Increase the default timeout value when running salt. For example, to change the default timeout to 60 seconds:

Combine all:

Salt Authentification

We already spoke about keys but here is a reminder. We’re using two main functionality of salt-key command (on the master).

To list the keys that are on the master:

salt-key -L

The keys that have been rejected, accepted and pending acceptance are listed.

The easiest way to accept the minion key is to accept all pending keys:

Salt file roots

A base environment is required to house the top file.


you can add :

If you want to organize more as I did, you can create two subdirectories: states and pillars

and under each directory, you can create other subdirectories ( dev, integration, test, production ..etc).

In this blog post, I am going to speak about states, but not pillars. You can find good examples in the official documentation.

Salt States

If you consider working with salt, states are an important point to understand and it is not complicated.

As we already had configured “file_roots” which is “/srv/salt/”, we can move to the next simple example :


On the master, add the following code to

“base” is an environment and it’s our default one. You can define a list of minion that will be attached to that environment


In the last example, all hosts are concerned ( ‘*’ ), and the state webserver will be applied to them.

Minions can be matched by glob, PCRE regular expression, or by grains.

If we modify the last example and use “grains” matching instead of just writing “*”, you’ll have to modify your code like this :

os: Debian’ is the used grain to match host(s)

The last line tells Salt to use the sls called “webserver”.

Let’s keep the first example for the rest of this tutorial and continue to the second part (SLS).

Create our ‘sls’ file called ‘webserver.sls’. Write the next code to that file:

ID declaration is a random name but unique, in our example, it is the name of the package that should be installed on our minions.

When you type :

Salt will install the package defined in “webserver.sls” on your target minions defined in “top.sls” file

Let’s move to another interesting part of salt: How can we manage a configuration file on a distant machine? This will be the main subject of the next post.

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Docker ADD vs COPY vs VOLUME – [2020]

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Let’s Learn Docker ADD vs COPY vs VOLUME with Simple Examples :

We’ll learn in this tutorial the differences between Docker ADD vs COPY vs VOLUME when configuring Dockerfiles.

They all accomplish the same task (among other capabilities): moving files from the host computer to a Docker container.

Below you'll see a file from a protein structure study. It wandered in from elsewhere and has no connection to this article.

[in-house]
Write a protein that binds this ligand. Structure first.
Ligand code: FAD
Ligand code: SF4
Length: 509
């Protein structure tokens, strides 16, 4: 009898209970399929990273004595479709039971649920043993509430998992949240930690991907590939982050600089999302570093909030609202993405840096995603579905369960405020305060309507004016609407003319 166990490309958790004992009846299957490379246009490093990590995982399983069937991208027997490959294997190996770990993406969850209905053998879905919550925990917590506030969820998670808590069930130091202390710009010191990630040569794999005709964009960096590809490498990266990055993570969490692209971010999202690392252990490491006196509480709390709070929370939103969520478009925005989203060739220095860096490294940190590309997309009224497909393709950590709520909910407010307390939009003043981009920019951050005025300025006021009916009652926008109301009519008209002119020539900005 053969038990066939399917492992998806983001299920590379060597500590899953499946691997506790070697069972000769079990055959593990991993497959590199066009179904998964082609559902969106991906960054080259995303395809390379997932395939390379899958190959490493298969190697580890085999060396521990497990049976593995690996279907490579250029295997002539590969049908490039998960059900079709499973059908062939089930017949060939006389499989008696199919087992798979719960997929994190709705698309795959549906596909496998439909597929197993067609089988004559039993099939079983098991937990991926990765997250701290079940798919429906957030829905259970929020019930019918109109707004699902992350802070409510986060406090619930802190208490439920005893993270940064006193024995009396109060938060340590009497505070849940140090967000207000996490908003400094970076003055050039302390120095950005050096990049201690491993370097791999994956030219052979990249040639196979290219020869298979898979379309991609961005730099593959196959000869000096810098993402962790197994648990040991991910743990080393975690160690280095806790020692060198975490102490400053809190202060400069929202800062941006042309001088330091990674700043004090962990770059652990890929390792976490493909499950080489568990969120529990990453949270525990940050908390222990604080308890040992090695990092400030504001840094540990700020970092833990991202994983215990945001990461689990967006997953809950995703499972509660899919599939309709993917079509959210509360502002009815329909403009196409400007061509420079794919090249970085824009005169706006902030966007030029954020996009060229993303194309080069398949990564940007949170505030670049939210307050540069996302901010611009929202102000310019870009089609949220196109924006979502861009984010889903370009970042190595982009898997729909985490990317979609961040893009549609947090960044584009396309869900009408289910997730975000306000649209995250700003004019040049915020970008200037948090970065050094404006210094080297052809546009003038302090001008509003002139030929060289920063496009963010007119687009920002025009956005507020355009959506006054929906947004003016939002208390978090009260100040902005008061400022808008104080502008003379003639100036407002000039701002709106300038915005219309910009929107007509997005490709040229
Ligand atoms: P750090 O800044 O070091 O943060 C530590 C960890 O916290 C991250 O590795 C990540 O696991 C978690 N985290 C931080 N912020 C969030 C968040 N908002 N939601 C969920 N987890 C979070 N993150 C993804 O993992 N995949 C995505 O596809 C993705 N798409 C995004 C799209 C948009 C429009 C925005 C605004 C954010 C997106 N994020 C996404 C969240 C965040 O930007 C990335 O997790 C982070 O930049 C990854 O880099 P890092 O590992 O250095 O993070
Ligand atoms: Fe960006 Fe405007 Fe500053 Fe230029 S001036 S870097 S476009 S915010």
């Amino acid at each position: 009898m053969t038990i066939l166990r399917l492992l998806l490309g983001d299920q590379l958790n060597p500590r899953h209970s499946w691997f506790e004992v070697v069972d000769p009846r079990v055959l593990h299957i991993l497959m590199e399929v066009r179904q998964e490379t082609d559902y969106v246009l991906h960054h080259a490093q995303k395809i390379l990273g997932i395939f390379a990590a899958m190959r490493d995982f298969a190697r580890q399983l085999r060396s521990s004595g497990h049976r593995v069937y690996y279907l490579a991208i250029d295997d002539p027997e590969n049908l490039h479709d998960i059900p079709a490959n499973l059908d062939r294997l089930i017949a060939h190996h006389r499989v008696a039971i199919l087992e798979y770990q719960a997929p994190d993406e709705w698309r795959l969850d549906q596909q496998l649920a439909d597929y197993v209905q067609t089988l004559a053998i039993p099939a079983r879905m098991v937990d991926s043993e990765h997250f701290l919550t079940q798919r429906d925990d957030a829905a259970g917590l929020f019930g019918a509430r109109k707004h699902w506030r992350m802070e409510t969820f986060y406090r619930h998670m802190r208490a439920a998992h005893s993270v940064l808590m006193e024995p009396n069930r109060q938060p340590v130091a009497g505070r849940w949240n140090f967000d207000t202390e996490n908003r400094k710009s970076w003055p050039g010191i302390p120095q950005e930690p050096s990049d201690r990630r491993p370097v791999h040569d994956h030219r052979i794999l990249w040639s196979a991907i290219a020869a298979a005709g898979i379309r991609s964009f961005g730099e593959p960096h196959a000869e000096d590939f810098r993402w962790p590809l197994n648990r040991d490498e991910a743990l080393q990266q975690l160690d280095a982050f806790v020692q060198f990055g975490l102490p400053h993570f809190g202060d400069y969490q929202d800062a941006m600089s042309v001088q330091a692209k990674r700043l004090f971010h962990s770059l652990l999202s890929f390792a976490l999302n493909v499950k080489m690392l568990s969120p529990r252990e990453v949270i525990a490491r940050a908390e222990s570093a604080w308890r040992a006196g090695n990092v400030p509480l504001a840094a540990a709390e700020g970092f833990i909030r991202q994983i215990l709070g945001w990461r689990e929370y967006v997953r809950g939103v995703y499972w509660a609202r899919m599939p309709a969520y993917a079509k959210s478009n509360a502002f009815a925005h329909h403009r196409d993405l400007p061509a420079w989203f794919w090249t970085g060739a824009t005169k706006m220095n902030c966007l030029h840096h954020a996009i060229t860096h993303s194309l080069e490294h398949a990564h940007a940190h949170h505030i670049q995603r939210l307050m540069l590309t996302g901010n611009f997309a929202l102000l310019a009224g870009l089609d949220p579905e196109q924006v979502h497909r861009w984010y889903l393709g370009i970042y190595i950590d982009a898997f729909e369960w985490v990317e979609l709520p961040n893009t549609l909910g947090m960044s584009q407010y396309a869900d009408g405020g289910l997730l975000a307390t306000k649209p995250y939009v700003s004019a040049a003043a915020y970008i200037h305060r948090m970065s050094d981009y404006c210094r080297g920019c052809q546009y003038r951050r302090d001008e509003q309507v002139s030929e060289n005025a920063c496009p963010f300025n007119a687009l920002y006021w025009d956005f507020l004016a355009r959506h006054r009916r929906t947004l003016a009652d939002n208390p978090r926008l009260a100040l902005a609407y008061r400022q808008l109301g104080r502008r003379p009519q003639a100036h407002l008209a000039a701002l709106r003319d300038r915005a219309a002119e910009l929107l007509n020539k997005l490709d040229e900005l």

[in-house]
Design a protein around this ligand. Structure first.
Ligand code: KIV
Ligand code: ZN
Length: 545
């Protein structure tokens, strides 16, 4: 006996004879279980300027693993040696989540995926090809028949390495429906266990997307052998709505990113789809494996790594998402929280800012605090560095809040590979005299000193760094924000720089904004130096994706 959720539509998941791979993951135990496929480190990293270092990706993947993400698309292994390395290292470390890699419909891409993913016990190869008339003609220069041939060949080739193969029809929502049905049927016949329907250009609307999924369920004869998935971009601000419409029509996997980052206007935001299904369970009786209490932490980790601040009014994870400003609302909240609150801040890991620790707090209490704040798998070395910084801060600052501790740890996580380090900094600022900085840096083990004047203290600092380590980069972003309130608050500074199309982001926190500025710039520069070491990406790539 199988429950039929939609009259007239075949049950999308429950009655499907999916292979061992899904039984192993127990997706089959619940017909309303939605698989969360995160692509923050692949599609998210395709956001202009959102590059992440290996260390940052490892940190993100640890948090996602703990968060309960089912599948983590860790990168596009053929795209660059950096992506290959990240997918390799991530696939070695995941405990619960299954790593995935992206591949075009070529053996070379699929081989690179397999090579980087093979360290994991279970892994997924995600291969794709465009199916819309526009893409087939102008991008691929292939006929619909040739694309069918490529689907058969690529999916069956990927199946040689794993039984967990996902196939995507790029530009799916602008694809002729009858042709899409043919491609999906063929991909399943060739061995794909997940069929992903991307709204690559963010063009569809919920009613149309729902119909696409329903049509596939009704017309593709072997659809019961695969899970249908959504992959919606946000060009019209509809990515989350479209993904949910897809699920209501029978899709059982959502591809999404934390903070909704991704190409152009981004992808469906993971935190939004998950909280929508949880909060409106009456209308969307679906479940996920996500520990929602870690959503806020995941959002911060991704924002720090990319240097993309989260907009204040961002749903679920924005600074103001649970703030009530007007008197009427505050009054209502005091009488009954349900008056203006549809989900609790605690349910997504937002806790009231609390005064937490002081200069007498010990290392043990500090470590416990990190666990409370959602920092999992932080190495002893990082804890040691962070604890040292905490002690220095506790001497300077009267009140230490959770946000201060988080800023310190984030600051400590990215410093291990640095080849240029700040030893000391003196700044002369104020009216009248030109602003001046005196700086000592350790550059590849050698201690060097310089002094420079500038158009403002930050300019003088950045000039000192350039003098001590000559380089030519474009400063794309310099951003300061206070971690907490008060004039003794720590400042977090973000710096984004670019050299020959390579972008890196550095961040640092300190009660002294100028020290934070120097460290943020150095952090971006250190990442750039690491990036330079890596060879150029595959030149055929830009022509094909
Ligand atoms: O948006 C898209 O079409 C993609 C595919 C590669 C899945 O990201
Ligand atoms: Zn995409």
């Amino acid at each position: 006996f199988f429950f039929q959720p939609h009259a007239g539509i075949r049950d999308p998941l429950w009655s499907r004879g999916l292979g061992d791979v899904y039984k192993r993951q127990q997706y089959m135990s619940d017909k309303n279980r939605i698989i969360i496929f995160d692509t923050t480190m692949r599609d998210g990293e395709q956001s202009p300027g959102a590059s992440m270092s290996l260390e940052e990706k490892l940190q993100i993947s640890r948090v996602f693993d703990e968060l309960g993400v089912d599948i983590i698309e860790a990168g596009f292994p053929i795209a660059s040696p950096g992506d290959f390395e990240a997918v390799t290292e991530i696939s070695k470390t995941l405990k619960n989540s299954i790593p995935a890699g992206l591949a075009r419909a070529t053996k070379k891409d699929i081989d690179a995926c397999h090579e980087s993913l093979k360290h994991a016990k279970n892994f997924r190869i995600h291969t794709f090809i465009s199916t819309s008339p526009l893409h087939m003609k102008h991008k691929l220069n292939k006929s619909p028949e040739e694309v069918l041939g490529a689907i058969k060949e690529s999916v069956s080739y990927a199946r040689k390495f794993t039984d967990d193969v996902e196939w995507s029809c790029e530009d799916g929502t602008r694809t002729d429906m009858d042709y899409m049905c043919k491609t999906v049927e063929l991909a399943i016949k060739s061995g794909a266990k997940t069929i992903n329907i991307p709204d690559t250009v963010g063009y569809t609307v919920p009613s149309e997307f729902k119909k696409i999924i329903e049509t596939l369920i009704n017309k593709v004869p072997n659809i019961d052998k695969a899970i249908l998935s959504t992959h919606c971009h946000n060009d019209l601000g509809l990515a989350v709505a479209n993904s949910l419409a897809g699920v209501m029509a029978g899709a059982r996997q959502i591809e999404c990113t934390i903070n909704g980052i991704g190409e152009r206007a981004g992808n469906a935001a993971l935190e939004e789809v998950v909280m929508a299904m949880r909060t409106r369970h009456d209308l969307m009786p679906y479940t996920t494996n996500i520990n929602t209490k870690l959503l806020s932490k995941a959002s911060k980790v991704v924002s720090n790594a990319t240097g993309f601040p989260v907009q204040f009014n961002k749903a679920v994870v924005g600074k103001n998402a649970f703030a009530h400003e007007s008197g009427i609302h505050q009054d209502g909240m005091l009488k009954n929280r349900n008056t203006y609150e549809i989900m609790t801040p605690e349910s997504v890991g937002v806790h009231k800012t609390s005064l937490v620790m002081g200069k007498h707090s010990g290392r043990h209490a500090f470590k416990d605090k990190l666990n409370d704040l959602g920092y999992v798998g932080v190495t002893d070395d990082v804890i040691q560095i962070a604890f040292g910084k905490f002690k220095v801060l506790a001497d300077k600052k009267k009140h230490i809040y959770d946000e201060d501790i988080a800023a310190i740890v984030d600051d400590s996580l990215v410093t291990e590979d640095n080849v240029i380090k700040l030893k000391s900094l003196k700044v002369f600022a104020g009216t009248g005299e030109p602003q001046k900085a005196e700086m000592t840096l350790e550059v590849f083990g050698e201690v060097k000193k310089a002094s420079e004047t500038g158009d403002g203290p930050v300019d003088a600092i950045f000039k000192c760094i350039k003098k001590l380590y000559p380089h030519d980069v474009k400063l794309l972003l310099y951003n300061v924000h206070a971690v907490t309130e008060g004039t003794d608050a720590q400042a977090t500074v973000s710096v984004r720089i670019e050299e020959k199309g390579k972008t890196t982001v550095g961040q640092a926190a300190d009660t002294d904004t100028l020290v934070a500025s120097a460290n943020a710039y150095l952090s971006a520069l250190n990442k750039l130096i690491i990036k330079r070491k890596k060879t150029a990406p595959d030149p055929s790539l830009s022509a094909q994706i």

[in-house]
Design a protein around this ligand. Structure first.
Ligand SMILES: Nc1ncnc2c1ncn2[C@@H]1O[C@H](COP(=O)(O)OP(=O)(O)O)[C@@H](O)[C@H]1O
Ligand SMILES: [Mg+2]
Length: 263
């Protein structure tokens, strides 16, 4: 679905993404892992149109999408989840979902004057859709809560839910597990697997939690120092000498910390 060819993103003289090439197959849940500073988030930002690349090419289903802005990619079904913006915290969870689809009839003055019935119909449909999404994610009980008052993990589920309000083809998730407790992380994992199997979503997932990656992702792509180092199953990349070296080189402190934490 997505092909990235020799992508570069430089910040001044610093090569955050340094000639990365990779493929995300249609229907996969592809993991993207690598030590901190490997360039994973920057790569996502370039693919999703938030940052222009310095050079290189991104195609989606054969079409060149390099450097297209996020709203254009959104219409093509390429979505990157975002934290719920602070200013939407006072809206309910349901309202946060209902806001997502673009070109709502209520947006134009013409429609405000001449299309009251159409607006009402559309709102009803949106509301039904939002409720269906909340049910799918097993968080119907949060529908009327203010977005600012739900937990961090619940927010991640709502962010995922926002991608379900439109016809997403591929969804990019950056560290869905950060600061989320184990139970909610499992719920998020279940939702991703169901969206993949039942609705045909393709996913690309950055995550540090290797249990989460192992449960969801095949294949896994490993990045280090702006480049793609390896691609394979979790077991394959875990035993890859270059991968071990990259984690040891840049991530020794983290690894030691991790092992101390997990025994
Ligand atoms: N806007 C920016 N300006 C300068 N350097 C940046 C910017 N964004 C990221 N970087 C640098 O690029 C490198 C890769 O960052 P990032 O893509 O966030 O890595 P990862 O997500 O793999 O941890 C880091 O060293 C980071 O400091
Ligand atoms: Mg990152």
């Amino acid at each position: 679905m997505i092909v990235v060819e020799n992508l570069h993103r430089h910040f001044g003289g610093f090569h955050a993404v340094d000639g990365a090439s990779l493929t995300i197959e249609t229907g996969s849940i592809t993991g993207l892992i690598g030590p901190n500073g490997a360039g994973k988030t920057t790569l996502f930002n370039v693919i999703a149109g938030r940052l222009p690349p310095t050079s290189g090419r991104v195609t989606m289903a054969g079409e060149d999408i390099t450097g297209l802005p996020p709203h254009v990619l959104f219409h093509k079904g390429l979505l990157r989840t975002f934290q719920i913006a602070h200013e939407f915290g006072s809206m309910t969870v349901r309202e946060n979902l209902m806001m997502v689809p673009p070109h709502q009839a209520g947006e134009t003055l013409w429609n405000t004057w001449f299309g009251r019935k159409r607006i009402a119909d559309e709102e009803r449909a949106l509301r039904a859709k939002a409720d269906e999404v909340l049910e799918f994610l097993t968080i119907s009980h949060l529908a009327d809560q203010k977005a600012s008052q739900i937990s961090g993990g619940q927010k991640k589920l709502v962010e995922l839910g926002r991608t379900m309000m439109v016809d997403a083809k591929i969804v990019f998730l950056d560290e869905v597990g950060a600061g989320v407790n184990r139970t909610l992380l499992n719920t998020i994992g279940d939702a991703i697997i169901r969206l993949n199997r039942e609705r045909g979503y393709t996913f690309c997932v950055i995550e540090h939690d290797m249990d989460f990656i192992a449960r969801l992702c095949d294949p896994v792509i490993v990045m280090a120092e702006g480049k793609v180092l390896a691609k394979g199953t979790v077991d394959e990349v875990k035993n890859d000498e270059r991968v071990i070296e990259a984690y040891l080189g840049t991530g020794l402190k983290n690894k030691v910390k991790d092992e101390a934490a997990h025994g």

VOLUME is different from COPY and ADD because it creates a mount point that the host operating system can interact with.

This command syncs the Docker container’s /var/www directory with the host OS’s cool-project directory. When any change is made to cool-project within the host OS it is immediately made available to the docker container mounting that directory and vice versa.

Docker ADD vs COPY

Using VOLUME is especially useful for development environments where frequent modifications to the code are being made. For example, running nodemon on a Docker container with a VOLUME allows you to make changes to your code that are immediately reflected as if Docker were invisible.


COPY accomplishes everything that VOLUME accomplishes, but does it during build time. This is necessary for configuring containers with modified config files with services such as httpd, Nginx, MongoDB, etc… For example when configuring an Nginx container modifying the nginx.conf file is an operation that must be done with COPY.

One setback to COPY is that it makes only the container that was copied to aware of the contents. Meaning we cannot access the contents on our host computer, or on other running docker containers, something VOLUME does.

Docker  COPY vs ADD


ADD is exactly the same as COPY except for one distinct difference. ADD can fetch content from a URL and it will not extract the content, only downloading to the specific location. Check the bellow example.

If the local content is recognized as compressed, will uncompress the contents. Check the bellow example.

It has the same setbacks that COPY has.

This is the Dockerfile we used for the above Examples.

What do I do?

I use Volumes by default whenever I can so that I don’t have to rebuild my Docker container every time there’s a modification to the code.

So this is the ending of the Docker ADD vs COPY vs VOLUME Article. we will appreciate your feedback and check out our new article about mail Command in Linux.